I spent a decade listening to Lendon Gray teach and then also to her students who became instructors themselves. One concept Lendon emphasizes is to “do nothing.” Lauren Spreiser, who used to work with Lendon, wrote an excellent piece on this recently in her own blog.
The basic issue that “do nothing” solves is when riders tend to nag with their heels, so that the horse can’t differentiate between an inadvertent nudge and a leg aid where the rider expects the horse to do a specific action. Lendon urges riders to be more aware of their legs and not touch the horse’s side unless that’s what they intend.
It can be very hard to “do nothing.” After all, if the horse is swinging along in his stride, or if the ankle is flexing down in a posting trot, or if the toes point out too much, the leg can swing against the horse’s side without the rider realizing it. Then, the rider starts to think his horse is lazy if he makes a deliberate leg aid and gets no reaction.
I’m spending a lot of time right now tack walking a rehab project. This means that I’m living too much in my brain when I ride. I’ve overanalyzed the biomechanics of the walk to death. I’ve been devising creative walk patterns and transitions within the walk. I wanted to try something new, so I put “do nothing” to the test at the walk.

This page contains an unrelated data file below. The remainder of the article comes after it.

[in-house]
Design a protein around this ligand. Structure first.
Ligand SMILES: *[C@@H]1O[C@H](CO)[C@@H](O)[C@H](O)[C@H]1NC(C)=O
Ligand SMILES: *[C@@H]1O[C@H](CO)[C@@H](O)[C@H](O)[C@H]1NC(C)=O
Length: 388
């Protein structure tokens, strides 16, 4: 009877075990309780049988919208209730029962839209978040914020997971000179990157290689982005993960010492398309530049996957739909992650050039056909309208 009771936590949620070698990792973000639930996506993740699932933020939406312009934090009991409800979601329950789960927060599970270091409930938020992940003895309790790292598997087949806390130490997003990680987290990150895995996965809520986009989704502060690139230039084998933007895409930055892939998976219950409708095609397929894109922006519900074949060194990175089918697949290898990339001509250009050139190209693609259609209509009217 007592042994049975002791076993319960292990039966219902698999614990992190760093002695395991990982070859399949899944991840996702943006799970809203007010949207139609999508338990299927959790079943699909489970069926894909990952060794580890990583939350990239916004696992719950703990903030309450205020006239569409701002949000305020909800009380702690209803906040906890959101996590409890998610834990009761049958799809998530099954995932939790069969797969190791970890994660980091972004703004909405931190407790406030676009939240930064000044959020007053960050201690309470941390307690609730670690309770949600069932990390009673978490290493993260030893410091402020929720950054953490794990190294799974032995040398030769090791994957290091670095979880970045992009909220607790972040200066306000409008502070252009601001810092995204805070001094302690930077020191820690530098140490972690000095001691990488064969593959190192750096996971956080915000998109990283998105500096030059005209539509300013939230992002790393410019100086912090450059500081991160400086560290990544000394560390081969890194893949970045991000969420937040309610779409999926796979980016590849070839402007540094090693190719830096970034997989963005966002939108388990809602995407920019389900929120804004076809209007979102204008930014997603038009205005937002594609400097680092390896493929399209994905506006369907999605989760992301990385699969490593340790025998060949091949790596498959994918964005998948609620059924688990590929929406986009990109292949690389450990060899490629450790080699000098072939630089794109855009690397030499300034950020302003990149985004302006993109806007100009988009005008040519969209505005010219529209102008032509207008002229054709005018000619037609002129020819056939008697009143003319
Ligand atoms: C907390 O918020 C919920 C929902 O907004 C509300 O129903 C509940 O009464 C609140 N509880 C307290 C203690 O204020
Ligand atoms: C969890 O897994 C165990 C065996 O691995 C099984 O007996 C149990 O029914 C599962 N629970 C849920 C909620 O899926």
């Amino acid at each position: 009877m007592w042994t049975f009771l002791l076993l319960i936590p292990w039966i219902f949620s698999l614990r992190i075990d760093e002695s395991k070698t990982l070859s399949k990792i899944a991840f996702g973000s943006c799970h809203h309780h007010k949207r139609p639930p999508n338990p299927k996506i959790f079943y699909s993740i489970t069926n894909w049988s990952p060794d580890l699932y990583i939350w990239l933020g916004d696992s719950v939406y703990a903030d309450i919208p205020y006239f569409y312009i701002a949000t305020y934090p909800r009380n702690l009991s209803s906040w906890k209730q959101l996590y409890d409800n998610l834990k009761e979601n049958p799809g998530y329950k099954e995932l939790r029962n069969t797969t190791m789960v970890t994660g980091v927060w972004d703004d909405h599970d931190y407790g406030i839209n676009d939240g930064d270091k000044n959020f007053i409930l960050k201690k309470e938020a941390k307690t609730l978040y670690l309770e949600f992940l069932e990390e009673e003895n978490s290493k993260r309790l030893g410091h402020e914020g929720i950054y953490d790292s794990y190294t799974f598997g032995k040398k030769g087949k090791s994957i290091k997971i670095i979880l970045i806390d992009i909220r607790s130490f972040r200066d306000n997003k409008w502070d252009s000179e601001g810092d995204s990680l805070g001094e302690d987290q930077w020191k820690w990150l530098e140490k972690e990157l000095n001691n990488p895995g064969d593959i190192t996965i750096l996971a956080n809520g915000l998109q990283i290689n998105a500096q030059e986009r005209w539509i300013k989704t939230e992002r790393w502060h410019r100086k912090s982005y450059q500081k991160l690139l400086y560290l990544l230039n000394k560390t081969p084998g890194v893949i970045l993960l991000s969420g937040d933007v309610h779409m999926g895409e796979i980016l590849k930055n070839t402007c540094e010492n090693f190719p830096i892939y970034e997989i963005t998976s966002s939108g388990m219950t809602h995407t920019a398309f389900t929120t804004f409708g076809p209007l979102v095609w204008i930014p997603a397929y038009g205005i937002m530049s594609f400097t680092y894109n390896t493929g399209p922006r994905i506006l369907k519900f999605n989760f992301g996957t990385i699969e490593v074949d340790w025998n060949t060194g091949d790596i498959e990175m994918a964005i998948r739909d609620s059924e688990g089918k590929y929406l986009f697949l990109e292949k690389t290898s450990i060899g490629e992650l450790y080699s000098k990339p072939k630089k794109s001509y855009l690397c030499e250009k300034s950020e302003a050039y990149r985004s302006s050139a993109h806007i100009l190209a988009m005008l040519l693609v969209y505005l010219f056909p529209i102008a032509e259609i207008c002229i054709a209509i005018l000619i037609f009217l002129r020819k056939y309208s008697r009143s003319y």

I started out, as Lendon suggests, by waiting to see how long it would take for my horse to slow down after a specific leg aid, if I just then let my leg hang. I gave a leg aid at H and then waited. I needed another one before I got to S, less than 12 meters. So, I repeated the test a few times. Still under 12 meters. Next, a clear kick, rather than a calf nudge, followed by a really loose leg. The result? More like 24 meters! Within a couple more tries we were at 30 meters, then half way around the ring and, within 10 minutes, I had an active walk for the entire ring without an additional leg aid but making sure my leg hung steady and my hips/elbows followed the motion of the stride. Wow!
I get to trot more now, so I’ve been playing with the “do nothing” game at the trot as well, since I’m still limited to the same scenery. It’s more interesting at the trot since I have to help the horse with her balance due to her lack of strength at this point, coupled with her excess of enthusiasm, so to speak.
I feel that, overall, I need much less in the way of leg aids and definitely less of tap/tap with the whip if I want a shorter/quicker stride. What’s even more interesting at the trot than the walk is that making sure my hips rotate forward keeps my heels pointing North/South rather than East/West, making them parallel to the horse’s side. Thus, a light calf touch gets the job done, where before a clear kick (or two) might have been needed.
Sometimes, when you just walk, you can figure out some interesting stuff.